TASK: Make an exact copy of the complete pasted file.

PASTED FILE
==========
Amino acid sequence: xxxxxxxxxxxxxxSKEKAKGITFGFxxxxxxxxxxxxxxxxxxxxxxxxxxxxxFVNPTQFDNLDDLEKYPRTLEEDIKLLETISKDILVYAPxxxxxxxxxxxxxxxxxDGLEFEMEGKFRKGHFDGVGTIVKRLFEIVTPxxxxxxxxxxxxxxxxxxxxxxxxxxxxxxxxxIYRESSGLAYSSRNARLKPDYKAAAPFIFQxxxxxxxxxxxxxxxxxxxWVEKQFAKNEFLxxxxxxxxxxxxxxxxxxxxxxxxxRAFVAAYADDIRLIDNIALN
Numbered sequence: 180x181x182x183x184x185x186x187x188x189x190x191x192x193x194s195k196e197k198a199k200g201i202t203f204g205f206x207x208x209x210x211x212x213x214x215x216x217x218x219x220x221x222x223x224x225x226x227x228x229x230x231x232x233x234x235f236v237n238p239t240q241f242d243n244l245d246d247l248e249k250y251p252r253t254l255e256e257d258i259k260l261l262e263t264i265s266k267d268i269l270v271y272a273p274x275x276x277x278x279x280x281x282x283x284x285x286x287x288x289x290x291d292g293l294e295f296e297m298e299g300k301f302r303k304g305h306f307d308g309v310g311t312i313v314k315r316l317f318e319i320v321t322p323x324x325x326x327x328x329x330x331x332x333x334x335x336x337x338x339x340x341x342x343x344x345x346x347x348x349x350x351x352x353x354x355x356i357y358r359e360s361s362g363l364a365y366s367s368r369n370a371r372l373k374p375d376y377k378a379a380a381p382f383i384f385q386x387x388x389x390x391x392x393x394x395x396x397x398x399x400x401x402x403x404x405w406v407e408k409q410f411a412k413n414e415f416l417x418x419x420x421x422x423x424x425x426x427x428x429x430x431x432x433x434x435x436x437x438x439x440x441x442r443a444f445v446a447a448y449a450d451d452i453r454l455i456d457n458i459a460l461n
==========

Amino acid sequence: xxxxxxxxxxxxxxSKEKAKGITFGFxxxxxxxxxxxxxxxxxxxxxxxxxxxxxFVNPTQFDNLDDLEKYPRTLEEDIKLLETISKDILVYAPxxxxxxxxxxxxxxxxxDGLEFEMEGKFRKGHFDGVGTIVKRLFEIVTPxxxxxxxxxxxxxxxxxxxxxxxxxxxxxxxxxIYRESSGLAYSSRNARLKPDYKAAAPFIFQxxxxxxxxxxxxxxxxxxxWVEKQFAKNEFLxxxxxxxxxxxxxxxxxxxxxxxxxRAFVAAYADDIRLIDNIALN
Numbered sequence: 180x181x182x183x184x185x186x187x188x189x190x191x192x193x194s195k196e197k198a199k200g201i202t203f204g205f206x207x208x209x210x211x212x213x214x215x216x217x218x219x220x221x222x223x224x225x226x227x228x229x230x231x232x233x234x235f236v237n238p239t240q241f242d243n244l245d246d247l248e249k250y251p252r253t254l255e256e257d258i259k260l261l262e263t264i265s266k267d268i269l270v271y272a273p274x275x276x277x278x279x280x281x282x283x284x285x286x287x288x289x290x291d292g293l294e295f296e297m298e299g300k301f302r303k304g305h306f307d308g309v310g311t312i313v314k315r316l317f318e319i320v321t322p323x324x325x326x327x328x329x330x331x332x333x334x335x336x337x338x339x340x341x342x343x344x345x346x347x348x349x350x351x352x353x354x355x356i357y358r359e360s361s362g363l364a365y366s367s368r369n370a371r372l373k374p375d376y377k378a379a380a381p382f383i384f385q386x387x388x389x390x391x392x393x394x395x396x397x398x399x400x401x402x403x404x405w406v407e408k409q410f411a412k413n414e415f416l417x418x419x420x421x422x423x424x425x426x427x428x429x430x431x432x433x434x435x436x437x438x439x440x441x442r443a444f445v446a447a448y449a450d451d452i453r454l455i456d457n458i459a460l461n